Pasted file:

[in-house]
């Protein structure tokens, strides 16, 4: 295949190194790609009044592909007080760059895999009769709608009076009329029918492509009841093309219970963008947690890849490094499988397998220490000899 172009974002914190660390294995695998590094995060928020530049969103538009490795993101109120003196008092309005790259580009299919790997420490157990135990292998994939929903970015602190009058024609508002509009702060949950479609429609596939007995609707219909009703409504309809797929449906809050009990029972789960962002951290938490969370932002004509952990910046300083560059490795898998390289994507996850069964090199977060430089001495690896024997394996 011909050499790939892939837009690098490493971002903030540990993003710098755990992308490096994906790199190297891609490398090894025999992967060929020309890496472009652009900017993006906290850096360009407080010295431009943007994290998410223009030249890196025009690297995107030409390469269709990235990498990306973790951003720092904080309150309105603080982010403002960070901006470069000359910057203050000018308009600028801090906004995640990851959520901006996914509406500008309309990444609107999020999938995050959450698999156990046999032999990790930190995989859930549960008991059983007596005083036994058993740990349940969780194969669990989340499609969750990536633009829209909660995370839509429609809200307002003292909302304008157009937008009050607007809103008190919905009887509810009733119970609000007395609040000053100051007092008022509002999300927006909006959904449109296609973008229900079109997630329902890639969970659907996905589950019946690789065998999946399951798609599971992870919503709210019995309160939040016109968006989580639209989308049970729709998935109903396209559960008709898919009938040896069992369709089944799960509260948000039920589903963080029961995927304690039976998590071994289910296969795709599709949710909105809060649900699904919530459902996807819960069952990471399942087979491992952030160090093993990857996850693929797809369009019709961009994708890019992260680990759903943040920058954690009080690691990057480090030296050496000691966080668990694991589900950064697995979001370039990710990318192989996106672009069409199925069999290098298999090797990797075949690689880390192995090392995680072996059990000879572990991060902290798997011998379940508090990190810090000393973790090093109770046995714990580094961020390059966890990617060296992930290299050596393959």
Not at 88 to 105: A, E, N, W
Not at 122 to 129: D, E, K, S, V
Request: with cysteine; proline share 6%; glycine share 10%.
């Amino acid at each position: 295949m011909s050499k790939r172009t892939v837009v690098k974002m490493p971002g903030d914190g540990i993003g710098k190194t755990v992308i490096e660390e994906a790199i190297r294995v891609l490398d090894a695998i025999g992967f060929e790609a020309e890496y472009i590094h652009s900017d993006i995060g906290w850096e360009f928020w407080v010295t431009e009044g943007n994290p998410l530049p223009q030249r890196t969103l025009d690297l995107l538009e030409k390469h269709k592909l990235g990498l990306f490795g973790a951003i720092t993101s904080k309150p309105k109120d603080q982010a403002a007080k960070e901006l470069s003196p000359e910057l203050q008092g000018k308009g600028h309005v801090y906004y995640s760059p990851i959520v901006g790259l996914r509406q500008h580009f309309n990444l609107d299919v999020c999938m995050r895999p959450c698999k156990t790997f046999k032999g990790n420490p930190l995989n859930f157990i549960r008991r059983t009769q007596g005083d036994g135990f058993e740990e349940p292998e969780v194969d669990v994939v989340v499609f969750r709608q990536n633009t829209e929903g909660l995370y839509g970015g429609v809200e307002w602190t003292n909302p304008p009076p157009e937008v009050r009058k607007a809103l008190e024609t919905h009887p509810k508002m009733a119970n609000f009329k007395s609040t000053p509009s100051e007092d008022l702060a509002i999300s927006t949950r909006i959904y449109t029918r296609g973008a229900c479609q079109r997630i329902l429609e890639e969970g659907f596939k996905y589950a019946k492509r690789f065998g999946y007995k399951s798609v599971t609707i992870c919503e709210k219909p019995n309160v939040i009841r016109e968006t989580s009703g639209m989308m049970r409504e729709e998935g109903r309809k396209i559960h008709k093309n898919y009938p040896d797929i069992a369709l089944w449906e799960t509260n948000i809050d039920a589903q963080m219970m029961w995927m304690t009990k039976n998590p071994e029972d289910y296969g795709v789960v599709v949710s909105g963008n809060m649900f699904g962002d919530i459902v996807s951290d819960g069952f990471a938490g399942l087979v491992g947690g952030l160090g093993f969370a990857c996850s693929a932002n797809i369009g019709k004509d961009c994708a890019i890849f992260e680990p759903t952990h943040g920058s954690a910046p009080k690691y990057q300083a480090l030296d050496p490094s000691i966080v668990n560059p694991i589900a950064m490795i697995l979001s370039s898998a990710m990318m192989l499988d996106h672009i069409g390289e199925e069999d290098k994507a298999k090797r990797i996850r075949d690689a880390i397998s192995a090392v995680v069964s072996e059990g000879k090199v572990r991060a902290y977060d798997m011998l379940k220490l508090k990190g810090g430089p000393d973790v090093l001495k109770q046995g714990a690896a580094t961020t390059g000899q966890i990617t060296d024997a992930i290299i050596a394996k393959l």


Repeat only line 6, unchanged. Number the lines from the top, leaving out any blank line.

């Amino acid at each position: 295949m011909s050499k790939r172009t892939v837009v690098k974002m490493p971002g903030d914190g540990i993003g710098k190194t755990v992308i490096e660390e994906a790199i190297r294995v891609l490398d090894a695998i025999g992967f060929e790609a020309e890496y472009i590094h652009s900017d993006i995060g906290w850096e360009f928020w407080v010295t431009e009044g943007n994290p998410l530049p223009q030249r890196t969103l025009d690297l995107l538009e030409k390469h269709k592909l990235g990498l990306f490795g973790a951003i720092t993101s904080k309150p309105k109120d603080q982010a403002a007080k960070e901006l470069s003196p000359e910057l203050q008092g000018k308009g600028h309005v801090y906004y995640s760059p990851i959520v901006g790259l996914r509406q500008h580009f309309n990444l609107d299919v999020c999938m995050r895999p959450c698999k156990t790997f046999k032999g990790n420490p930190l995989n859930f157990i549960r008991r059983t009769q007596g005083d036994g135990f058993e740990e349940p292998e969780v194969d669990v994939v989340v499609f969750r709608q990536n633009t829209e929903g909660l995370y839509g970015g429609v809200e307002w602190t003292n909302p304008p009076p157009e937008v009050r009058k607007a809103l008190e024609t919905h009887p509810k508002m009733a119970n609000f009329k007395s609040t000053p509009s100051e007092d008022l702060a509002i999300s927006t949950r909006i959904y449109t029918r296609g973008a229900c479609q079109r997630i329902l429609e890639e969970g659907f596939k996905y589950a019946k492509r690789f065998g999946y007995k399951s798609v599971t609707i992870c919503e709210k219909p019995n309160v939040i009841r016109e968006t989580s009703g639209m989308m049970r409504e729709e998935g109903r309809k396209i559960h008709k093309n898919y009938p040896d797929i069992a369709l089944w449906e799960t509260n948000i809050d039920a589903q963080m219970m029961w995927m304690t009990k039976n998590p071994e029972d289910y296969g795709v789960v599709v949710s909105g963008n809060m649900f699904g962002d919530i459902v996807s951290d819960g069952f990471a938490g399942l087979v491992g947690g952030l160090g093993f969370a990857c996850s693929a932002n797809i369009g019709k004509d961009c994708a890019i890849f992260e680990p759903t952990h943040g920058s954690a910046p009080k690691y990057q300083a480090l030296d050496p490094s000691i966080v668990n560059p694991i589900a950064m490795i697995l979001s370039s898998a990710m990318m192989l499988d996106h672009i069409g390289e199925e069999d290098k994507a298999k090797r990797i996850r075949d690689a880390i397998s192995a090392v995680v069964s072996e059990g000879k090199v572990r991060a902290y977060d798997m011998l379940k220490l508090k990190g810090g430089p000393d973790v090093l001495k109770q046995g714990a690896a580094t961020t390059g000899q966890i990617t060296d024997a992930i290299i050596a394996k393959l």